Getaway to Railay Beach

June 6th was the Islamic holiday of Al Israa Wal Miraj.  Since this was the first national holiday since New Year’s Day, we decided to make the most of it with an extended long weekend.  So, on the evening of June 3rd, Rebecca and I flew to Bangkok with a short connecting flight to Krabi.  Krabi is a city on the Andaman Coast of Western Thailand.  From there, we took a shuttle bus to the beach of Ao Nang to catch a Thai longboat.  The longboat took us to our final destination of Railay Beach.  Railay is a small peninsula accessible only by boat because of the high limestone cliffs that cutoff the mainland.  Because of all the high limestone karsts (cliffs), Railay is a very popular spot for rock climbers.  Interestingly, the beach does not have a dock so you have to jump into the water and wade into shore with your luggage on your shoulder.

Cliffs of Railay Beach

Cliffs of Railay Beach

We arrived in the early afternoon, so after checking in to our hotel we toured ourselves around the little streets and lanes that run off of the beaches.  There are no motorized vehicles on the peninsula and walking from one point to another takes no more than 10 minutes.  That evening, we had dinner at the Last Bar on East Railay Beach which was followed by a fire dancing show.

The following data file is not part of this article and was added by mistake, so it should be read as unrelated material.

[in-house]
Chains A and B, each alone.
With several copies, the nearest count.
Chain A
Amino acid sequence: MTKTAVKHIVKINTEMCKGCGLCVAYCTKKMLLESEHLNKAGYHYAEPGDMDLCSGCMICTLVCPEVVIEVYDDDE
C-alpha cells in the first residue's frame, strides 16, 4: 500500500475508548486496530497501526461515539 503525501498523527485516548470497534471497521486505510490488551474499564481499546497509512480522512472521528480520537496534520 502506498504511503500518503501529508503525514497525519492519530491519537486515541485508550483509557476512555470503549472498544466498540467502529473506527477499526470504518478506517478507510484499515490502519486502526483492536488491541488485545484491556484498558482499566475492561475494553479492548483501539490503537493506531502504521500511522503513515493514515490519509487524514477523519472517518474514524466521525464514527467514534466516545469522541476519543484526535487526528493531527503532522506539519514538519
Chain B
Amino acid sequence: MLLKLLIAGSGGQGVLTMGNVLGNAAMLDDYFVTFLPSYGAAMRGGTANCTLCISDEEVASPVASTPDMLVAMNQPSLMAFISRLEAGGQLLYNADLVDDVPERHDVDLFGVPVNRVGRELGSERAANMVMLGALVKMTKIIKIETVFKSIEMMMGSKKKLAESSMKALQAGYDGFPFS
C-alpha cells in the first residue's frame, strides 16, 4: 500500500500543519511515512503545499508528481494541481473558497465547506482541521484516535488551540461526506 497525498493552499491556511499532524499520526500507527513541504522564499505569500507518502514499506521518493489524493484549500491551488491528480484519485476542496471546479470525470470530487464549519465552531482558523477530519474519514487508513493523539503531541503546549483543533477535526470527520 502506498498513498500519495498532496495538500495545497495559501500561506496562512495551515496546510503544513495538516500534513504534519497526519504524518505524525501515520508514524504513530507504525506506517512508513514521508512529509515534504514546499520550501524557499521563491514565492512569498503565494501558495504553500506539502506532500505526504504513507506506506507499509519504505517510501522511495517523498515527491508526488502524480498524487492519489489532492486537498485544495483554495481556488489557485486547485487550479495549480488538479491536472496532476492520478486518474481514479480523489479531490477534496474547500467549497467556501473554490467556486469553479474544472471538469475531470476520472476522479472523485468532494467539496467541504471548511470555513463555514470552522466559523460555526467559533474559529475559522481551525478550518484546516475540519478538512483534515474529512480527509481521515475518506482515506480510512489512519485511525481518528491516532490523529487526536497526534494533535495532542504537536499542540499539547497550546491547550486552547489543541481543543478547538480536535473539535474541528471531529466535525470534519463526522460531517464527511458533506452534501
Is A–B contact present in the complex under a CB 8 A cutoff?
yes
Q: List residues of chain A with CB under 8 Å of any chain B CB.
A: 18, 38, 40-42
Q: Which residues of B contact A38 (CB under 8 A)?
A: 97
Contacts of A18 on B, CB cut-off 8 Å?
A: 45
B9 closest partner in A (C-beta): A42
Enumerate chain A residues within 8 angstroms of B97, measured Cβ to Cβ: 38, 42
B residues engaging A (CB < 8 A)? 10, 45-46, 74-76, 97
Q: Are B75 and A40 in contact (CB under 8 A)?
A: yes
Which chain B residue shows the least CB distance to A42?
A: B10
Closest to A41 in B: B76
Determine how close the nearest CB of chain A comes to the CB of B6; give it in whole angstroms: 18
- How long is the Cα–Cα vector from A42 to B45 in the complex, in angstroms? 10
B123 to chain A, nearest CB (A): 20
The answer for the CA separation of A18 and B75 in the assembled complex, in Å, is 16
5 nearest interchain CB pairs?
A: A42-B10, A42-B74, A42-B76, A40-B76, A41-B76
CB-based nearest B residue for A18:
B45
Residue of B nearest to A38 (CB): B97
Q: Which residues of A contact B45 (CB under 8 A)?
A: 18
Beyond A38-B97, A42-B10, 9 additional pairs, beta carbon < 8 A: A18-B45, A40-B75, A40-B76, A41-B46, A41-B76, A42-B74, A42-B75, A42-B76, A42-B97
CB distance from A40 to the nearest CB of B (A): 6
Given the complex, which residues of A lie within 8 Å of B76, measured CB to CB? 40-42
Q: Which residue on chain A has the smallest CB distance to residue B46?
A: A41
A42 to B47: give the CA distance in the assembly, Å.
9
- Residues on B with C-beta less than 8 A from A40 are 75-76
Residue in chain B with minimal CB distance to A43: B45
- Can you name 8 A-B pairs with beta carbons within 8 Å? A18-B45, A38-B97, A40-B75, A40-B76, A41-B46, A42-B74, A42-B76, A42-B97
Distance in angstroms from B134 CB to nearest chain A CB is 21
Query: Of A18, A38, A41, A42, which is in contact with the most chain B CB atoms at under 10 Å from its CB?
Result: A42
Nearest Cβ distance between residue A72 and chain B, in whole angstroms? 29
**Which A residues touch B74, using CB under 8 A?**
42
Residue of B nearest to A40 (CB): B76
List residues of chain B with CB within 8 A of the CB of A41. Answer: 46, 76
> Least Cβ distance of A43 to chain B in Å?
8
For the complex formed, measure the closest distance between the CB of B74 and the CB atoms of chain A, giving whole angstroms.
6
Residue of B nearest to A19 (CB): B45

We must have been a little tired from our journey as we slept right through breakfast the next morning.  Later, we walked over to one of the 3 beaches on the peninsula, Phra Nang Beach.  On the way over, we had our first encounter with the local bandits, a troop of marauding Macaques.  The monkeys mobbed a group of girls in front of us and robbed them of their bananas (how fitting!!).  The beach is dominated by huge cliffs on both sides with a cave to explore and white, soft sand. In the cave, there is a shrine dedicated to the spirit of the drowned princess (Phra Nang) who gave the beach her name.  This small shrine is notable primarily for the dozens of carved red-tipped phalluses donated by fishermen seeking her favor.  That night, we watched the sunset and had a nice dinner on the West Beach.